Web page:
Politically, Mr. Trott is a Republican and he has always been active in party affairs and is a man well informed on general issues.  He served as justice of the peace in Byesville for five years prior to 1908, during which time he heard about fifteen hundred cases in addition to his teaching duties.  He was regarded as a very able judicial officer, his decisions being fair and unbiased and not one was ever reversed at the hands of a higher tribunal.  In the summer of 1908 he was nominated by the Republicans of Guernsey county for clerk of courts and was elected the following November and he is now serving his first term, and was nominated for a second term in 1910, having made a very creditable and praiseworthy record.  Owing to his universal popularity, his nomination for this office a second time was met with approval by members of all parties.  He is a member of Red Prince Lodge No. 250, Knights of Pythias, at Byesville, Ohio, and is also a member of the Masonic lodge at Cambridge.  He has passed through all the chairs in the Knights of Pythias lodge and has been county deputy for two terms at different times.  While an active miner he was a member of the Miners' Union and other labor organizations, including the American Federation of Labor, also the musicians’ organization or union, and he has been very active in their affairs.  He and his wife are members of the Methodist Episcopal church: he has been a trustee of the same for about fifteen years, and he has also been both teacher and Sunday school superintendent and a class leader in the church.  His wife was also active in all Sunday school work.  Mr. Trott was also leader of the church choir for a number of years at Byesville, where he and his wife held membership.  On assuming the office of county clerk he moved to Cambridge, the family home being at No. 135 North Eleventh street.  Mr. and Mrs. Trott are noted for their work in the temperance cause, and the latter in the work of the young people’s organization of the church of which she is a member.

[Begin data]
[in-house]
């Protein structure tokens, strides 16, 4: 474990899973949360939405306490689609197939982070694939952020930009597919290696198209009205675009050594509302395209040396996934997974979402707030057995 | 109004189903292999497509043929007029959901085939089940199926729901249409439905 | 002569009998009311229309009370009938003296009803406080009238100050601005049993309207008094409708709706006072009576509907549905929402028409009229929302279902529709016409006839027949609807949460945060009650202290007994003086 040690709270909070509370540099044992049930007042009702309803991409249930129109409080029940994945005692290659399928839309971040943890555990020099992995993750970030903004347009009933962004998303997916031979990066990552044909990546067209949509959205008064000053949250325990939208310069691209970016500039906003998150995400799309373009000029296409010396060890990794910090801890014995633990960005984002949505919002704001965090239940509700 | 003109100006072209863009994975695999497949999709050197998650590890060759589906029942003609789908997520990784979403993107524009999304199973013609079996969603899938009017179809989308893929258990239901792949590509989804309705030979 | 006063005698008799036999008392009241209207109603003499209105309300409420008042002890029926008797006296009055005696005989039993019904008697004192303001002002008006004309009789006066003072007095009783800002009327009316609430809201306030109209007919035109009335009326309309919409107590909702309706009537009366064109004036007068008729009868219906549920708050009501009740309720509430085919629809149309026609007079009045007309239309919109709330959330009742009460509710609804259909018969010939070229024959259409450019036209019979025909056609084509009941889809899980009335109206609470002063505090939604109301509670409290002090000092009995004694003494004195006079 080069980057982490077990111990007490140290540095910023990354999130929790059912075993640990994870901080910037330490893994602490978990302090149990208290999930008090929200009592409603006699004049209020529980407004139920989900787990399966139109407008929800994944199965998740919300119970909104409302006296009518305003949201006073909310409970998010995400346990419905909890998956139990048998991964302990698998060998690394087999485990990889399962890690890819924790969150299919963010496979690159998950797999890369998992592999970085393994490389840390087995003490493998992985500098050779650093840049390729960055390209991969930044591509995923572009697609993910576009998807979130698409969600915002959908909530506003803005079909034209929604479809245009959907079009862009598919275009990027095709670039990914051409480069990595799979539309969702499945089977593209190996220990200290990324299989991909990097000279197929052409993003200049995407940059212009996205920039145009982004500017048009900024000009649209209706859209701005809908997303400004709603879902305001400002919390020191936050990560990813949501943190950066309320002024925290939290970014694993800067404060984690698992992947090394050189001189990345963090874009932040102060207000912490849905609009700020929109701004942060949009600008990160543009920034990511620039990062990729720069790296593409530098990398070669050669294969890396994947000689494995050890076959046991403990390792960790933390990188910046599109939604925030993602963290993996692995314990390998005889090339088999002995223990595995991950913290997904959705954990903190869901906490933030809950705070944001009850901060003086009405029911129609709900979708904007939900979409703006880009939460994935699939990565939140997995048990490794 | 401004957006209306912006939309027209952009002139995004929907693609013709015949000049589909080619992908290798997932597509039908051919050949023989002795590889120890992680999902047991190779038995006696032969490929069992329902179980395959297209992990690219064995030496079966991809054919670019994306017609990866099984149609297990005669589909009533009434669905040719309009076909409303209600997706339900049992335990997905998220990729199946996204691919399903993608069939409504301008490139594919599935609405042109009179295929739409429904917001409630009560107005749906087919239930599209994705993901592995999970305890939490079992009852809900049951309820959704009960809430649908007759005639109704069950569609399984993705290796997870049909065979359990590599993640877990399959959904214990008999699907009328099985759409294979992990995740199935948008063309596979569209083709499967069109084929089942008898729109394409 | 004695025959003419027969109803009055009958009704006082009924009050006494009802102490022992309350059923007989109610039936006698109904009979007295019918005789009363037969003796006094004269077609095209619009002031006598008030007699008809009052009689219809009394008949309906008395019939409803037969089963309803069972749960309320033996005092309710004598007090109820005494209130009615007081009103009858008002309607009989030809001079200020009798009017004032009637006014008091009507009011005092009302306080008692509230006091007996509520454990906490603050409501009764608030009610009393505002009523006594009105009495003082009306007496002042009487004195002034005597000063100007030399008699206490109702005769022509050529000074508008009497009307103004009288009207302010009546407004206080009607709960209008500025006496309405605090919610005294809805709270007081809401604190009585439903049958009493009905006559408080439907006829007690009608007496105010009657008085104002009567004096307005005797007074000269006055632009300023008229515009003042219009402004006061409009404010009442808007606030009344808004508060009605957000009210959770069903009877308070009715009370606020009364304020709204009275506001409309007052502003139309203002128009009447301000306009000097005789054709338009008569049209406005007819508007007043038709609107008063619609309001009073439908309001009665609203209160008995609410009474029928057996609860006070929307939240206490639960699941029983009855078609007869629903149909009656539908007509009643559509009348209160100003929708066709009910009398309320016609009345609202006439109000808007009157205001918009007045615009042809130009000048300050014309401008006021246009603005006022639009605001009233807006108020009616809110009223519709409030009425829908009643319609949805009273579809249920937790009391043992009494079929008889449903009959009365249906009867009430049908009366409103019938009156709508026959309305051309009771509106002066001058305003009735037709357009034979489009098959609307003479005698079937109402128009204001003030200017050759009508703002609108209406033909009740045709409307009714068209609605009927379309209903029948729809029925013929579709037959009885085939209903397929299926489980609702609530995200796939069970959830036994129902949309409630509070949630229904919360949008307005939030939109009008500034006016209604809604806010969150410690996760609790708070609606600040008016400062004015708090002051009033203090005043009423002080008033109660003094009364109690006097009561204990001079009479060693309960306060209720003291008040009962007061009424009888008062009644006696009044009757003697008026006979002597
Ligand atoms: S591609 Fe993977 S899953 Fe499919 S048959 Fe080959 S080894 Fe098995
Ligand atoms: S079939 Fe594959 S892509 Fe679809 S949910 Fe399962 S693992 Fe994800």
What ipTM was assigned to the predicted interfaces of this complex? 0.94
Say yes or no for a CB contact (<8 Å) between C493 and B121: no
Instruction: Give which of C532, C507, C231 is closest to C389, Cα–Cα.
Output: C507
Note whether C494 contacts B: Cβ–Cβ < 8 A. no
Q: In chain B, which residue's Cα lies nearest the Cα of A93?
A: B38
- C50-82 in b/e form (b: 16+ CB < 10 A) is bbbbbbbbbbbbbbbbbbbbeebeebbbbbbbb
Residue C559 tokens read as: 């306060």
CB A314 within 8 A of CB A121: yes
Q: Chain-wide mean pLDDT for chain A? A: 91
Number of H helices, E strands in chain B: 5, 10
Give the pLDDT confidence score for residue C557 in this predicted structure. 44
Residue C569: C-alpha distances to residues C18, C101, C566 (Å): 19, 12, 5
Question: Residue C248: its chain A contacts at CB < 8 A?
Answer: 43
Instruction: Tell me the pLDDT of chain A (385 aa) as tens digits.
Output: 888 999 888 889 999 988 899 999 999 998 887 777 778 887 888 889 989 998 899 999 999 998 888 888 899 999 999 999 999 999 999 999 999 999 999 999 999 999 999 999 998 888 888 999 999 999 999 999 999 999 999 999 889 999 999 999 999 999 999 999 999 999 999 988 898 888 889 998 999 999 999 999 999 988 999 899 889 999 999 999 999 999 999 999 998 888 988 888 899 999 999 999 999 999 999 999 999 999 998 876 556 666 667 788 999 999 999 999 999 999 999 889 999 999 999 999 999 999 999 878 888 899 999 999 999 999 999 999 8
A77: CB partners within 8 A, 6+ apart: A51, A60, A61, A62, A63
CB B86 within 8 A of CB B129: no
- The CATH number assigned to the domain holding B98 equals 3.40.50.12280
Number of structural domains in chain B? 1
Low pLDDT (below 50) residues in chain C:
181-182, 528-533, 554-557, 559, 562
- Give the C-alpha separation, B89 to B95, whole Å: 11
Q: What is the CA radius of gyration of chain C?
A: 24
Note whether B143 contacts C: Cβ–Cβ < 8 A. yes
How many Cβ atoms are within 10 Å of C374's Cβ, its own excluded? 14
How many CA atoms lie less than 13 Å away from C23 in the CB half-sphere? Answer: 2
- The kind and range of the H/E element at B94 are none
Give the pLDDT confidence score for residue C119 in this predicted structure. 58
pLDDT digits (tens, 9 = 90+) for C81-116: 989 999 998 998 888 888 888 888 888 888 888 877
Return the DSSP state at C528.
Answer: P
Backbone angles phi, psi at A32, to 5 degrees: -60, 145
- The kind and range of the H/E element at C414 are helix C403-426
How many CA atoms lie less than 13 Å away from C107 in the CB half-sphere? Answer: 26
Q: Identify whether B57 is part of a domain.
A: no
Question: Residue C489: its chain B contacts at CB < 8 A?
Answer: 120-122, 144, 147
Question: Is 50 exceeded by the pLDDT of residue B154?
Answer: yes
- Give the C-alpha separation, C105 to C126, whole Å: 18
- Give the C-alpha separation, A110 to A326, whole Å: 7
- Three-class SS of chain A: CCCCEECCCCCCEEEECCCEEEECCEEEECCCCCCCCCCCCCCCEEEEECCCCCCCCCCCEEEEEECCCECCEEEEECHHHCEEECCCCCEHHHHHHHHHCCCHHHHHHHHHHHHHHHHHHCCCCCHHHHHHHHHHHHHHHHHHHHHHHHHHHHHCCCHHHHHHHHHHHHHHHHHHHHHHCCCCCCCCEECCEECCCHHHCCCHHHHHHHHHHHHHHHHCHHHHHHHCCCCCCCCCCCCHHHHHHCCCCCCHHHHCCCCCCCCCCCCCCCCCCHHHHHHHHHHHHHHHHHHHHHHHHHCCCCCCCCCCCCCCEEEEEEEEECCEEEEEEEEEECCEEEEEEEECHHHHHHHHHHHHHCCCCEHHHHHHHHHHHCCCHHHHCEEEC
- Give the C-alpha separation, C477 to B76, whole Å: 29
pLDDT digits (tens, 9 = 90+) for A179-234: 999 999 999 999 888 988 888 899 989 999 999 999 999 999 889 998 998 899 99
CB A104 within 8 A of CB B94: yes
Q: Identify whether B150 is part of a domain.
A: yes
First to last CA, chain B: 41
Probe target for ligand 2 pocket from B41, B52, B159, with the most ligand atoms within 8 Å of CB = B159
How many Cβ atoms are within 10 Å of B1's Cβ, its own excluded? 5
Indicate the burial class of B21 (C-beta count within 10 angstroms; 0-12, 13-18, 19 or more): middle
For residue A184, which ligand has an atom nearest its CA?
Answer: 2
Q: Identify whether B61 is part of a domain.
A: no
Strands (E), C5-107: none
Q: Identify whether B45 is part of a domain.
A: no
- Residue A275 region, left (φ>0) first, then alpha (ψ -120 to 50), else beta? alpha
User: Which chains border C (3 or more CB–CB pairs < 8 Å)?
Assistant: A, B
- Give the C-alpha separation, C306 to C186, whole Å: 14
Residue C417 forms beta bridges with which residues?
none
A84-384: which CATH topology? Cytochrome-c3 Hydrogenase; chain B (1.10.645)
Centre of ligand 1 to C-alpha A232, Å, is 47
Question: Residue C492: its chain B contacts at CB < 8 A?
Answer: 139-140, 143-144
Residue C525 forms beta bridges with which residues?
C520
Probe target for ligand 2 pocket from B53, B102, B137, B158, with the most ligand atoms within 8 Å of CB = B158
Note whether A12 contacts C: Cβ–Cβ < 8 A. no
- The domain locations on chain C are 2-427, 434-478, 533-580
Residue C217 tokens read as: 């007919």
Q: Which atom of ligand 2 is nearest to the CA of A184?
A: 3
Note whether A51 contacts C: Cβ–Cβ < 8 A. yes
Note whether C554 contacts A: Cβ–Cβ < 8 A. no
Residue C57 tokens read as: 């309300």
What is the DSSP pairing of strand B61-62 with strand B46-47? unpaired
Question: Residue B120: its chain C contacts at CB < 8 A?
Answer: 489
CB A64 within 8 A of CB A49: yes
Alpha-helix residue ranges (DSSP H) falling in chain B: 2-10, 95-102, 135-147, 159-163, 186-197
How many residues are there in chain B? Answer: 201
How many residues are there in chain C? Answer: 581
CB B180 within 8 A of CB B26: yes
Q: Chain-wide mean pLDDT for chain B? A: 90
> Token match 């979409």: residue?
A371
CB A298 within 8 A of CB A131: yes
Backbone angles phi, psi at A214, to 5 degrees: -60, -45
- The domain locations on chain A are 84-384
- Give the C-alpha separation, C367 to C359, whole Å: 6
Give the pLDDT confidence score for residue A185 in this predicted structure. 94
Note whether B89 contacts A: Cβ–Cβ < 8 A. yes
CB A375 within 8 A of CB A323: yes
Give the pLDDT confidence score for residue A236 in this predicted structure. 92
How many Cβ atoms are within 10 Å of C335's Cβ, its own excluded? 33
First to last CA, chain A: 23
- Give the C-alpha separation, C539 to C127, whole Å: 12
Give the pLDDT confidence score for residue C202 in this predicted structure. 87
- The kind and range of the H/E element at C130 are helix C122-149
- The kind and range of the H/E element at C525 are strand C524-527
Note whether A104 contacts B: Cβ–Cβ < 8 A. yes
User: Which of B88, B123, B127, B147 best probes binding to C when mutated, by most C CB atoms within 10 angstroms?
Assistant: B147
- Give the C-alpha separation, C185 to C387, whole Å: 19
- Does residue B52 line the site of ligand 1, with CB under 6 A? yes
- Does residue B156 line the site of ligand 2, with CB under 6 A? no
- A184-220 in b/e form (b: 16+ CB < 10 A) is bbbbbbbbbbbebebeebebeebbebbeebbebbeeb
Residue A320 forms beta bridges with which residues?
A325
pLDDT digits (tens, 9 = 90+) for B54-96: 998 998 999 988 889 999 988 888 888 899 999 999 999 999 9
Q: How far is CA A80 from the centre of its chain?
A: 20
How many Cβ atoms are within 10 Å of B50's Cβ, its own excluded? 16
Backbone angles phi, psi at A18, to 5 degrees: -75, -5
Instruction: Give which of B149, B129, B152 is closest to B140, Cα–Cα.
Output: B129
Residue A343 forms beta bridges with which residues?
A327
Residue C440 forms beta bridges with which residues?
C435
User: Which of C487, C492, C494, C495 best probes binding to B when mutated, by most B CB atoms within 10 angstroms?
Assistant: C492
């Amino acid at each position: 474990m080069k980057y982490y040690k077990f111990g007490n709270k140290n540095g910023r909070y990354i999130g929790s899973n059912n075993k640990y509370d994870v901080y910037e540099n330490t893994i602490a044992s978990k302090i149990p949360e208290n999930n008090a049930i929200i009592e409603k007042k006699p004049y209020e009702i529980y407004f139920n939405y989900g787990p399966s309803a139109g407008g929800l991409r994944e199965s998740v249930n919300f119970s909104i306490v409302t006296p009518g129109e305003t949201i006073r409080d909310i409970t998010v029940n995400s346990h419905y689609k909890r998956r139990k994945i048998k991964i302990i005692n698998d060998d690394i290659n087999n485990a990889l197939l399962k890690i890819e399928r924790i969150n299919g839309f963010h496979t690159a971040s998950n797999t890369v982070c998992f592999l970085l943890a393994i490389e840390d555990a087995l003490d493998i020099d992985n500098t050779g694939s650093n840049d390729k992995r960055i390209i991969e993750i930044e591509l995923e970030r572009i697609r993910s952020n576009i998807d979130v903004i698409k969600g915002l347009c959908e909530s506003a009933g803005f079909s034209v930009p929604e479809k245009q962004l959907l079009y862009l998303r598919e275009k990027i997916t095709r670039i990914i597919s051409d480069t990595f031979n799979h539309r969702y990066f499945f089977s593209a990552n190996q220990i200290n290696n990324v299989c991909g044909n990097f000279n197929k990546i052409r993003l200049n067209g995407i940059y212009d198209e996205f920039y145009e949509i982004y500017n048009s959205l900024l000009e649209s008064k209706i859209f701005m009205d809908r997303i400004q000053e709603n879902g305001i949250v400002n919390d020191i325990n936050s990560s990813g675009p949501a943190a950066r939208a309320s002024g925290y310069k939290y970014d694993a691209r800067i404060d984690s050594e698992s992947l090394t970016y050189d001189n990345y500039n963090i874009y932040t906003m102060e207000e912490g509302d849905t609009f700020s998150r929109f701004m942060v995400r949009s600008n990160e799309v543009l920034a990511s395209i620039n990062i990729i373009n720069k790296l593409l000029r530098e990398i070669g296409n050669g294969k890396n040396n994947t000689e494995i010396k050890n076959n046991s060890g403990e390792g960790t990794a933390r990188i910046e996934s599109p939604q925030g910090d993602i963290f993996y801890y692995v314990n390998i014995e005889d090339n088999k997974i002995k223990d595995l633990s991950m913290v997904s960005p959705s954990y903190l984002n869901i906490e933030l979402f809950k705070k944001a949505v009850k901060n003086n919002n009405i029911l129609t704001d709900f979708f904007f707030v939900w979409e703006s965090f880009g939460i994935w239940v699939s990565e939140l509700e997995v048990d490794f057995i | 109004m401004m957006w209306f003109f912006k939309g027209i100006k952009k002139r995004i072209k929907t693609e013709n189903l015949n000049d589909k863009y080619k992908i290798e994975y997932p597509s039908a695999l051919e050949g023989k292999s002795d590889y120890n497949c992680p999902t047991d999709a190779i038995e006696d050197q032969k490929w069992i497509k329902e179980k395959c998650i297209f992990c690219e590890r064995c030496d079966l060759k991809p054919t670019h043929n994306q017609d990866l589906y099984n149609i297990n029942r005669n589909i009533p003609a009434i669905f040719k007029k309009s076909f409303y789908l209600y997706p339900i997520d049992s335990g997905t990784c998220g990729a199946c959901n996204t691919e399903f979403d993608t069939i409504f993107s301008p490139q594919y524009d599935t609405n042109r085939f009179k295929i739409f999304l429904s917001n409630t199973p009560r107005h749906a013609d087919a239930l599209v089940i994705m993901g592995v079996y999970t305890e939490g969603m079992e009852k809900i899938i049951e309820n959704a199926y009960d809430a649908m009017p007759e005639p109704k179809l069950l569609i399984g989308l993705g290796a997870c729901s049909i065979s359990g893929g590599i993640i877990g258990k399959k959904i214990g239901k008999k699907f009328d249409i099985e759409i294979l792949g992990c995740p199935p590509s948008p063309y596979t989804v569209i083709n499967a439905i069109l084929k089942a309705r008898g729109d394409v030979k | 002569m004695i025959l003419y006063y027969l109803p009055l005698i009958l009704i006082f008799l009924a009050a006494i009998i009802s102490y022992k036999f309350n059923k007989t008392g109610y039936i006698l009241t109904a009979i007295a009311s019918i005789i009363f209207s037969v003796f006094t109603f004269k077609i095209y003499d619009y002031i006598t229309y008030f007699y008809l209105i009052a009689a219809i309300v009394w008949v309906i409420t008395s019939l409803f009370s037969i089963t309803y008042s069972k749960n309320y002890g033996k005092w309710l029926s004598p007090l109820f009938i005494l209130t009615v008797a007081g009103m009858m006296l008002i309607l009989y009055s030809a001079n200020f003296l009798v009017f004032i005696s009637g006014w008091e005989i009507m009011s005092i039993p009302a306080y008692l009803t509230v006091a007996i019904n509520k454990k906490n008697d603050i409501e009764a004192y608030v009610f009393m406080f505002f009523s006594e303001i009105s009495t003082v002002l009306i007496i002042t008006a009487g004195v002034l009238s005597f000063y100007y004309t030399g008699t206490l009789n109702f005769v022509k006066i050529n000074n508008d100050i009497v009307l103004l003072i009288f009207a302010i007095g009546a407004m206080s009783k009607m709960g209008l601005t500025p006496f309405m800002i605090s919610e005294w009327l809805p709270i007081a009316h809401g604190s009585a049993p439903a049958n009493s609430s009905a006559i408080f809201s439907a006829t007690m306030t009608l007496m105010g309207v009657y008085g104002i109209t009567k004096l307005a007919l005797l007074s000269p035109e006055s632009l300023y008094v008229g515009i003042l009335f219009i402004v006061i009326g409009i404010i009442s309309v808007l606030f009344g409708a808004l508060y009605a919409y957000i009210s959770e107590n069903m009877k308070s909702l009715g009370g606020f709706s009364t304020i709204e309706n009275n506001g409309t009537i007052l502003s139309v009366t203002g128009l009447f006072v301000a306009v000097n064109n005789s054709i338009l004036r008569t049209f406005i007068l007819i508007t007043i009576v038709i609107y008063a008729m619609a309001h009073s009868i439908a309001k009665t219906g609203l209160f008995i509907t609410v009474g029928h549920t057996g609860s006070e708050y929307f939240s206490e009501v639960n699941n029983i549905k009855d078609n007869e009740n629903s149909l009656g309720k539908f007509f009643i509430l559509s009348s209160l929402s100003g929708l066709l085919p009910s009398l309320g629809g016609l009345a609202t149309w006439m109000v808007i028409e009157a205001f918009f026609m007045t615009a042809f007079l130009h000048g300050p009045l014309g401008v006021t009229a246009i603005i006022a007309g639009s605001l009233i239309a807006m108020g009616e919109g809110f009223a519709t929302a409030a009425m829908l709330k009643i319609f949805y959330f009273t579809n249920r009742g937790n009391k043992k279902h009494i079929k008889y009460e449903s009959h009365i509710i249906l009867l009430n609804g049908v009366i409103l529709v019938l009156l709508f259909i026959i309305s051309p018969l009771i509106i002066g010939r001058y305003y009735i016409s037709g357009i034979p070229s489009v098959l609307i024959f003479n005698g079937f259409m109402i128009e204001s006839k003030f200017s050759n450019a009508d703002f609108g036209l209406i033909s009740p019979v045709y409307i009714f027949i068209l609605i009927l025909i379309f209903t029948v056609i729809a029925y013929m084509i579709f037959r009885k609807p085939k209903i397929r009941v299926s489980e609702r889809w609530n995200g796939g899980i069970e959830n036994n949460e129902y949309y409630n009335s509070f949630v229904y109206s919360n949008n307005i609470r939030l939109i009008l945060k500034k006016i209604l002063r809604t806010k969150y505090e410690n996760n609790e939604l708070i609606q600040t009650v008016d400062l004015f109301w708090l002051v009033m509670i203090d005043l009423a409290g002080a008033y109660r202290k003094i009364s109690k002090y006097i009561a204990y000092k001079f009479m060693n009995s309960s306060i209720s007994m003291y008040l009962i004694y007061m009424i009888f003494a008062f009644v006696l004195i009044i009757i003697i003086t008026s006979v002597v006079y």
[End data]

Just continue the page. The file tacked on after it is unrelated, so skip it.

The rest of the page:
Source: History of Guernsey County, Ohio by Col. Cyrus P. B. Sarchet - Illustrated - Vols. I & 2. - Publ: B. F. Bowden & Company, Indianapolis, Indiana - 1911 - Page 752

Source: History of Guernsey County, Ohio by Col. Cyrus P. B. Sarchet - Illustrated - Vols. I & 2. - Publ: B. F. Bowden & Company, Indianapolis, Indiana - 1911 - Page 565


Source: History of Guernsey County, Ohio by Col. Cyrus P. B. Sarchet - Illustrated - Vols. I & 2. - Publ: B. F. Bowden & Company, Indianapolis, Indiana - 1911 - Page 488


Source: History of Guernsey County, Ohio by Col. Cyrus P. B. Sarchet - Illustrated - Vols. I & 2. - Publ: B. F. Bowden & Company, Indianapolis, Indiana - 1911 - Page 488